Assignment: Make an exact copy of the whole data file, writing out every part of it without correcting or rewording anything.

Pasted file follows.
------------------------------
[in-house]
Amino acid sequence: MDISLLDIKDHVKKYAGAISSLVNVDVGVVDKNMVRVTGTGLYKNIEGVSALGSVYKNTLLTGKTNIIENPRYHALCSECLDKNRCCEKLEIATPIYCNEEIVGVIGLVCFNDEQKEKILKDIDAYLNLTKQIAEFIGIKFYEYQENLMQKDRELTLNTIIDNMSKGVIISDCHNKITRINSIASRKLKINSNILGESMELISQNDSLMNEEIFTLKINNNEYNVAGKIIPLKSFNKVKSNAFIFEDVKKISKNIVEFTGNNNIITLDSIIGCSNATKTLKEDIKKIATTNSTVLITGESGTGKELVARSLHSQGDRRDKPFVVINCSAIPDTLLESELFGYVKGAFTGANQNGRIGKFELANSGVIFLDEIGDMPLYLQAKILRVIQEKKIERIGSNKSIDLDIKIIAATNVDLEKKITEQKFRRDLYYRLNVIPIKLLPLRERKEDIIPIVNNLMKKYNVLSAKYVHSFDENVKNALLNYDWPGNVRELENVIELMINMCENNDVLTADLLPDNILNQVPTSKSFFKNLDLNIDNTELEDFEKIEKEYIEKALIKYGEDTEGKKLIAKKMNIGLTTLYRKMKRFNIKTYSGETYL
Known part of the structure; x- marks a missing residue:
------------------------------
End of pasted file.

[in-house]
Amino acid sequence: MDISLLDIKDHVKKYAGAISSLVNVDVGVVDKNMVRVTGTGLYKNIEGVSALGSVYKNTLLTGKTNIIENPRYHALCSECLDKNRCCEKLEIATPIYCNEEIVGVIGLVCFNDEQKEKILKDIDAYLNLTKQIAEFIGIKFYEYQENLMQKDRELTLNTIIDNMSKGVIISDCHNKITRINSIASRKLKINSNILGESMELISQNDSLMNEEIFTLKINNNEYNVAGKIIPLKSFNKVKSNAFIFEDVKKISKNIVEFTGNNNIITLDSIIGCSNATKTLKEDIKKIATTNSTVLITGESGTGKELVARSLHSQGDRRDKPFVVINCSAIPDTLLESELFGYVKGAFTGANQNGRIGKFELANSGVIFLDEIGDMPLYLQAKILRVIQEKKIERIGSNKSIDLDIKIIAATNVDLEKKITEQKFRRDLYYRLNVIPIKLLPLRERKEDIIPIVNNLMKKYNVLSAKYVHSFDENVKNALLNYDWPGNVRELENVIELMINMCENNDVLTADLLPDNILNQVPTSKSFFKNLDLNIDNTELEDFEKIEKEYIEKALIKYGEDTEGKKLIAKKMNIGLTTLYRKMKRFNIKTYSGETYL
Known part of the structure; x- marks a missing residue: